IMPORTANCE OF COMPANION ANIMAL PREVENTIVE CARE
August 19, 2011
DR JEFF KLAUSNER
Chief Medical Officer, Banfield Pet Hospital
Former Professor and Dean, University of Minnesota College of Veterinary Medicine
Applications to vet school - Veterinary education - Internships / residencies - Veterinary workforce - Veterinary practice opportunities - These components of veterinary medicine all impact each other. Today's discussion was about how we can stress in veterinary medical education some factors that will greatly enhance profitability in practice, making veterinary medicine a more enticing career ambition for young people and a more successful career choice. Major points presented were:
#1 - A major problem in companion veterinary medicine is the vicious cycle of loss of profitability in practice. There is much data demonstrating that people are buying fewer new pets and are making fewer visits to the veterinarian. This is driven, in part, by things like multi-year vaccines and availability of parasiticides over the counter, such that people no longer are required to come to the veterinary clinic for care. Loss of sales of medications and other products is reflected in loss of profit for practices, which generate much revenue by service but often do not have appropriate profit margins built into service. As veterinarians raise prices to stay solvent, pet owners may find alternatives, such as looking for information on the Internet and avoiding going to the veterinarian unless their pet is ill. This is not in the pet's best interest, nor is it a good investment on the part of the owner. Lack of opportunity to provide preventive care is an animal welfare issue, a disease prevention issue for both animal and human diseases, and an economic issues for pet owners and business owners. Banfield has mined their extensive medical record database and shown an increase in preventable diseases over the last 5 years; the State of Pet Health Report 2011, at the Banfield website (www.banfield.com).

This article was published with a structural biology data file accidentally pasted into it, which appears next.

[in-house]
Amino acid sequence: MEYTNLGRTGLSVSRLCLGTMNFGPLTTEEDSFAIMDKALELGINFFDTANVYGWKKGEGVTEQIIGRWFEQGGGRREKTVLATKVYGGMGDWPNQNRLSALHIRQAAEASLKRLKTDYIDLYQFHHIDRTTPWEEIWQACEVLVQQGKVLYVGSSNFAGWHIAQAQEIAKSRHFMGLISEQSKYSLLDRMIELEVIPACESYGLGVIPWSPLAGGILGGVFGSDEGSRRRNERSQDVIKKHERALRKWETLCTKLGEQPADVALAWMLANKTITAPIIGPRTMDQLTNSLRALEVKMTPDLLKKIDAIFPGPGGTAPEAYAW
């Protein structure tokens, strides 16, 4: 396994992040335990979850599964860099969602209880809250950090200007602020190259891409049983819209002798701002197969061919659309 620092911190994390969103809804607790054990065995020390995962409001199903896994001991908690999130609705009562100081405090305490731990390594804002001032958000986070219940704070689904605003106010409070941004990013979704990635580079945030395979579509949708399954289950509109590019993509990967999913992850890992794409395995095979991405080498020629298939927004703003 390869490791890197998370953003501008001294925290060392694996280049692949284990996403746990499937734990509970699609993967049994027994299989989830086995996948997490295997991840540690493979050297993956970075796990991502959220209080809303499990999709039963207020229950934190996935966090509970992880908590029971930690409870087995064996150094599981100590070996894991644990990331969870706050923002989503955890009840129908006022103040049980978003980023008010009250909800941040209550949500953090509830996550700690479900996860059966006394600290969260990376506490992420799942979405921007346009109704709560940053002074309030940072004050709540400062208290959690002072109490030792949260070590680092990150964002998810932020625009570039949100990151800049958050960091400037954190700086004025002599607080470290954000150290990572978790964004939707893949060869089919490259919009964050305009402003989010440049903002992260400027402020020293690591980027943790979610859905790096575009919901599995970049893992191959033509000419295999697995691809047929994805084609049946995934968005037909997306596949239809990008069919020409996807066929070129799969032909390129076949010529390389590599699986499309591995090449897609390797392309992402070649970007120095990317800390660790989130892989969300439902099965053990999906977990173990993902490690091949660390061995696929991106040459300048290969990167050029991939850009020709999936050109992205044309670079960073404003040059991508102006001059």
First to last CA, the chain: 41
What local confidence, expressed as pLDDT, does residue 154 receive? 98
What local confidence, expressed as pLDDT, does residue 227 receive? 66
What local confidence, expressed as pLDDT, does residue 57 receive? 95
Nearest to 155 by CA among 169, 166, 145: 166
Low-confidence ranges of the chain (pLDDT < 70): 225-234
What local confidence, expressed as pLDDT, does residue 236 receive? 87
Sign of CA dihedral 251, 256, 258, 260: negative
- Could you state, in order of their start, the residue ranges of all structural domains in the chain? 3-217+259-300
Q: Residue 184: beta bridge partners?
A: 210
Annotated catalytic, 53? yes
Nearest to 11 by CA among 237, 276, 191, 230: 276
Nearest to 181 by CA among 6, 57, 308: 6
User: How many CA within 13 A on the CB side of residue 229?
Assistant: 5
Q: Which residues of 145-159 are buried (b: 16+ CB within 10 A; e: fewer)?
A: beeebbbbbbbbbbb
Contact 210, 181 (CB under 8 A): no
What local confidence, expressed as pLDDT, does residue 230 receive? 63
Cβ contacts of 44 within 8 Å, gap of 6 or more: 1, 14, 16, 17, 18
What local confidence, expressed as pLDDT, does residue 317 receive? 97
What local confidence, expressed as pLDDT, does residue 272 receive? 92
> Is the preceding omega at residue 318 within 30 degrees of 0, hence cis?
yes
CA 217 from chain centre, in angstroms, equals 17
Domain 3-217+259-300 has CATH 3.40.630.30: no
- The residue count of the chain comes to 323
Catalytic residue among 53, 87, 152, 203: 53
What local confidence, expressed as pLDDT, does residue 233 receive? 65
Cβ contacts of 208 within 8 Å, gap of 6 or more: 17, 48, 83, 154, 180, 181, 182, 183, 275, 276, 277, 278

#2) Veterinary education concerns for our profession revolve around decreasing numbers of applicants per available opening, and increasing student debt without a coincident rise in starting salaries.
#3) Preventive care is the most cost-effective way to improve animal health and maintain companion animal veterinary medicine as a viable business model. The AVMA is partnering with industry, the American Association of Veterinary Medical Colleges, Banfield, and other groups with the goal of ensuring veterinarians are better equipped to understand and provide preventive care for their clients and ensuring clients come to understand the value of preventive care. This is entitled the Partnership for Preventive Pet Healthcare.
What can colleges of veterinary medicine do to promote this effort?
- Ensure that students have basic knowledge in nutrition, behavior, dentistry, and other aspects of preventive care such as control of internal and external parasites, and breed- and age-associated risks
- Ensure that students understand the importance of preventive care - clients want a healthy pet
- Ensure that students have the skills needed to establish a trusting relationship with clients and understand the importance of those relationships
- Ensure that students know how to communicate the value of services offered
The overall goal for every companion animal veterinarian, whether they are seeing general practice or specialty cases, is to:
- gather a complete history and perform a complete physical examination
- build good rapport with the client
- work toward early detection of disease with subsequent early intervention
- offer value to the client by explaining preventive care through the frame of known risk factors and ways available to manage those risks